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Electronic Information & Internet Resources

Copyright law protects material found online to the same extent as it protects print and hard copy resources. With the copy and paste function making copying from the Web seamless, it is often very easy to forget that the item that is being copied belongs to someone else and that, unless a copyright exception applies, your copying might infringe their copyright. Uploading and putting information on to the Internet is a form of publishing, which also requires the permission of the rights owner. Internet resources protected by copyright are wide-ranging, from text in blogs through to databases and their content. Copyright not only depends on the type of material you copy but also where you copy it from, as some resources are governed by separate licences. Subscription-based (or password protected) resources are covered separately, so if you want to copy from one of these resources please go to Subscription-based and licensed electronic resources.


Wherever it is on the Internet, for example in a blog, wiki, email, on a web page, news site, and so on, text belongs to the person or organisation whose page or blog post it is. If you want to copy text from the Internet (by copying & pasting, or printing) to include in your teaching materials for distribution to your students, make sure you ask the following questions:

1. Is there a copyright statement? There is usually a clickable link at the bottom of the screen which will either say 'copyright' or 'terms and conditions' or 'terms of use'. This will tell you what you are permitted to do with the content.

2. Is it made available under a licence? Some licence agreements (such as for Wikipedia) allow you to copy the content as long as you reference it correctly. Creative Commons licences tend to work this way.

3. Did the University or I have to pay to access it? If yes, see Subscription-based and licensed electronic resources.

4. Do I think it might be an illegal copy (for example, free material on the Internet that is still in copyright, such as works by Sylvia Plath or TS Eliot)? If so, don't copy it or link to it as this could have serious consequences for both you and the University.

If you are in any doubt about whether you can use text from the Internet in your teaching materials, you can either link directly to that page (although some commercial websites do not permit this type of ‘deep-linking’, so you should always check the terms and conditions); link directly to the homepage of the site with instructions to navigate to the relevant section; or contact the Copyright & Compliance Officer for advice.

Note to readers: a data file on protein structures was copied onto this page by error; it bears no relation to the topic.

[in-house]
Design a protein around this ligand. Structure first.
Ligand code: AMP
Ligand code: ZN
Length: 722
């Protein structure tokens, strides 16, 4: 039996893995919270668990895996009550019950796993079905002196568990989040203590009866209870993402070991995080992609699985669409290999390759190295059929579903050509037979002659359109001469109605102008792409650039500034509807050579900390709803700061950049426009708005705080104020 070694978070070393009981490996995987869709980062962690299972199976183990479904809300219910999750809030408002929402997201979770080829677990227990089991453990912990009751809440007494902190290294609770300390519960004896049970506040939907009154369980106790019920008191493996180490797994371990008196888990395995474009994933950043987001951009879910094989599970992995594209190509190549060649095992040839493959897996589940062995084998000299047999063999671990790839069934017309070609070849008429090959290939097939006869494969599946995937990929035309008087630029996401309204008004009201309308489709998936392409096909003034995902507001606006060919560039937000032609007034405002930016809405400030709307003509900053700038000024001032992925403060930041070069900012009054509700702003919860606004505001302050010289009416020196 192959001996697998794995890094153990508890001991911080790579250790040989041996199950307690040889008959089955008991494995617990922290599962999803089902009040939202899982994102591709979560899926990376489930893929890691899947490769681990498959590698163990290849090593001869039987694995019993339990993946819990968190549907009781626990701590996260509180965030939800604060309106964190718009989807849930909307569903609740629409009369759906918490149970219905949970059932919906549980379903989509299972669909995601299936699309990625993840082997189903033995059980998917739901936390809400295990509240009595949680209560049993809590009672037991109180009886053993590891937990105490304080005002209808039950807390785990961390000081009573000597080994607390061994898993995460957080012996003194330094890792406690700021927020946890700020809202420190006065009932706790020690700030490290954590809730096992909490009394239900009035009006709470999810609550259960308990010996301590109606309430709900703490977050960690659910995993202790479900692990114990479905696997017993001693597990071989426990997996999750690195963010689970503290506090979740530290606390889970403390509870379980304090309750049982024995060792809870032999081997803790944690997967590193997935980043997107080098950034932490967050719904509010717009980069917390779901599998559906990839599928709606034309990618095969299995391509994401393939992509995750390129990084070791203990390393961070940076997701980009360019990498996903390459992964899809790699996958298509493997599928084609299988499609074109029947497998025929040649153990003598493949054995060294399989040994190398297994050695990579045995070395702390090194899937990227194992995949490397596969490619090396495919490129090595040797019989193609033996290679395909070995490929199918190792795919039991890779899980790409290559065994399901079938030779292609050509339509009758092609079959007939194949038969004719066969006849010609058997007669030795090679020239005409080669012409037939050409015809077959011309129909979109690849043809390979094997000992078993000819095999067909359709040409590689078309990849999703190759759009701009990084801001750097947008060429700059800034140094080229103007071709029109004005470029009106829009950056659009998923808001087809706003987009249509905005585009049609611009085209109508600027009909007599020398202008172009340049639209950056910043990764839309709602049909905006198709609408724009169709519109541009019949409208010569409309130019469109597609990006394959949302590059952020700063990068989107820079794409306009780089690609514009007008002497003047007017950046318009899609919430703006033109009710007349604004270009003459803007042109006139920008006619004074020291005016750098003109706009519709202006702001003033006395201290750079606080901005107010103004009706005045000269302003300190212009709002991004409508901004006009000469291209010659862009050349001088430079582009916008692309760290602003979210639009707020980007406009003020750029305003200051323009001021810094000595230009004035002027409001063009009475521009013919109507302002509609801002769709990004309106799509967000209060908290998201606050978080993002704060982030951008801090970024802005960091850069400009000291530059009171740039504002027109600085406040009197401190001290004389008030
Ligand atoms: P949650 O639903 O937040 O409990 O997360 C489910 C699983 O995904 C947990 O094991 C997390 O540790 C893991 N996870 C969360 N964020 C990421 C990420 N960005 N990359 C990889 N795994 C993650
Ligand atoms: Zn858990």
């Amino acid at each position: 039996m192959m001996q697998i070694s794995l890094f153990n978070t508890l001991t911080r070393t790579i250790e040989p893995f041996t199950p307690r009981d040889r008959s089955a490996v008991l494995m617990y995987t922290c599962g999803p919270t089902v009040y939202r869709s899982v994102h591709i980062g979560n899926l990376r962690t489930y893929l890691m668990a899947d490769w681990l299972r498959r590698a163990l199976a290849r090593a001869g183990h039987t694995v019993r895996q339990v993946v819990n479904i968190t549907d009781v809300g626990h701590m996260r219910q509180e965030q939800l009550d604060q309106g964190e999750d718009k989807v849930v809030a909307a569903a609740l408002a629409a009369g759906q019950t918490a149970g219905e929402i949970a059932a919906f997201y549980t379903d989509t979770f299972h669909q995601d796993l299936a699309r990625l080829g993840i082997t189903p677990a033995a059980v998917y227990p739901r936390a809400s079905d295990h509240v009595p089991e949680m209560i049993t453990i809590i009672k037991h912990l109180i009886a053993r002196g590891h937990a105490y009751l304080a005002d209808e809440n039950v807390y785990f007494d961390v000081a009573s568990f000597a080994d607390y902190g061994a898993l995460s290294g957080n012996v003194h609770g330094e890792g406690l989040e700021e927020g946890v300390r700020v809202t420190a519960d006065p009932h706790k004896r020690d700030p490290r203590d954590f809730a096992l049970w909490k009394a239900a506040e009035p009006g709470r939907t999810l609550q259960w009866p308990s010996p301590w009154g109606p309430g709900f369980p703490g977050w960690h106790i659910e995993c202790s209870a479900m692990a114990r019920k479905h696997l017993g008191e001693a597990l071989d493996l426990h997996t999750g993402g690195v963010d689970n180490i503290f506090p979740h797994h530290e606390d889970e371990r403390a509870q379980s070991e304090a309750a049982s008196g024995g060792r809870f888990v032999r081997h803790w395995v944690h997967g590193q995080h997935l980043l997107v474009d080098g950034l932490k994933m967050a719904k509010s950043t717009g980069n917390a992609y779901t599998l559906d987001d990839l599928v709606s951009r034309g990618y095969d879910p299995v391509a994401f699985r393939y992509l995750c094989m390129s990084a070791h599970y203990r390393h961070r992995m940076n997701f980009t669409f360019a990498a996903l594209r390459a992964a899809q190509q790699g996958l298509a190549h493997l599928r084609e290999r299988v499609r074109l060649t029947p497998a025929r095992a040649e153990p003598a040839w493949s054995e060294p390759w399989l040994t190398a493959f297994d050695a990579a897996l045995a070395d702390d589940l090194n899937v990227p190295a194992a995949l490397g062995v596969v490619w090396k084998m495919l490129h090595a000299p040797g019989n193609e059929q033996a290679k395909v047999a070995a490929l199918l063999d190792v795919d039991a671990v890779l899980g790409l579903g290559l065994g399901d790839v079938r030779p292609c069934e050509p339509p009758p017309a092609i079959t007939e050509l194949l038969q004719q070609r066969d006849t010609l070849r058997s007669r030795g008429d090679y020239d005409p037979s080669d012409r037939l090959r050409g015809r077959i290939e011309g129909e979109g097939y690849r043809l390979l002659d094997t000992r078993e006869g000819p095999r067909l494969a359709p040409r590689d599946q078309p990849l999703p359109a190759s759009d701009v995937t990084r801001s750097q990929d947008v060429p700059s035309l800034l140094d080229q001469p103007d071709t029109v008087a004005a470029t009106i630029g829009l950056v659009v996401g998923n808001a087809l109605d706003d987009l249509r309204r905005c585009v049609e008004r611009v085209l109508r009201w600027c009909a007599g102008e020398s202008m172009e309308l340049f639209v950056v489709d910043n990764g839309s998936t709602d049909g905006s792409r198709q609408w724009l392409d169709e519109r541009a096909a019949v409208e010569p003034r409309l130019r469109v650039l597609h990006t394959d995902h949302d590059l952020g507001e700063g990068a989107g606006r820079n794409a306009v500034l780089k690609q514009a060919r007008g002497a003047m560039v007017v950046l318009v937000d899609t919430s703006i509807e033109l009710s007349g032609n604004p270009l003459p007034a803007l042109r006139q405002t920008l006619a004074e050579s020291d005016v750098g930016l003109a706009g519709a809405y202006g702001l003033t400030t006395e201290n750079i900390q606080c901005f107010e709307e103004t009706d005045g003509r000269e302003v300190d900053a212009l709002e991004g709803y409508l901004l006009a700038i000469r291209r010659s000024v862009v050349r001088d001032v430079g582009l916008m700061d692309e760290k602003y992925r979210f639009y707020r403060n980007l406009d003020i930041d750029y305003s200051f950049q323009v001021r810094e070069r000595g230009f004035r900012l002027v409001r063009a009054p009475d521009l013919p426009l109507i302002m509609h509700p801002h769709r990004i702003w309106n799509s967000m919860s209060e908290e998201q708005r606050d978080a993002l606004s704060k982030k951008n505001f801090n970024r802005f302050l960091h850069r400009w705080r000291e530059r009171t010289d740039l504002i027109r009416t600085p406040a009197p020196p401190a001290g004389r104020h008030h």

Short excerpts of published text may be reproduced in your materials for the purposes of quotation, as long as you use no more than is necessary for your specific purpose and you include sufficient accompanying acknowledgement. Note that this is a fair dealing exception within copyright law, which is context-specific and always involves a qualitative judgement: never use more than a fair-minded and honest person would use, unless you have received permission to do so.


Never assume that just because an image can be accessed online it is free to copy or use. It is prudent to be cautious when considering copying images from the Internet because image rights holders can be particularly protective of their works. Don't just right click on an image and save it - most legitimate image sites will have a download or share function which will allow you to download the image. Avoid copying logos without permission, as they will likely be covered by other forms of Intellectual Property protection (such as trade mark law).

Some images are made available under open licences such as the Creative Commons Attribution licence, while others may be marked ‘all rights reserved’ or contain watermarks to deter unauthorised copying and should never be used without permission. Remember that copyright protection is automatic, so a lack of a watermark or copyright statement is not an invitation to copy. The use of high quality, high resolution images will almost always require payment of a fee (stock photos from Getty Images, for example) and you should never attempt to remove or crop out a watermark.

To search for images (and other material) made available under a Creative Commons licence permitting free reuse, visit the Creative Commons search portal.

Video / Film

Video-hosting sites such as YouTube generally have terms and conditions preventing download and re-upload of video content but permit linking or embedding (for streaming) within presentation slides or a Blackboard area. Do not link to anything that you think is infringing content, for example commercial films, as doing so could have serious consequences for both you and the University. Content uploaded by third parties without permission might also be monetised or taken offline at any time, without warning, so links to infringing content are also more likely to be unstable or contain intrusive advertisements. If in doubt, ask or check with the Copyright & Compliance Officer.

If you are making your own films and videos to upload to the web, please see Publishing AV material to the Web. Much of this advice also applies if you are creating a film for any other purpose.

For the use of film and video from sources other than video-streaming websites, see TV, Film, Videos and DVDs

On Demand Services

Content accessible via on-Demand services such as the BBC iPlayer can be viewed in class for educational purposes, in teaching spaces on University premises in the UK (or at other locations covered by a television licence). You may not download programmes or record from the online services as they are not broadcasts and are therefore not covered by the University's ERA licence.

Things to do now

Making a film or audio production? Go to Publishing AV material to the Web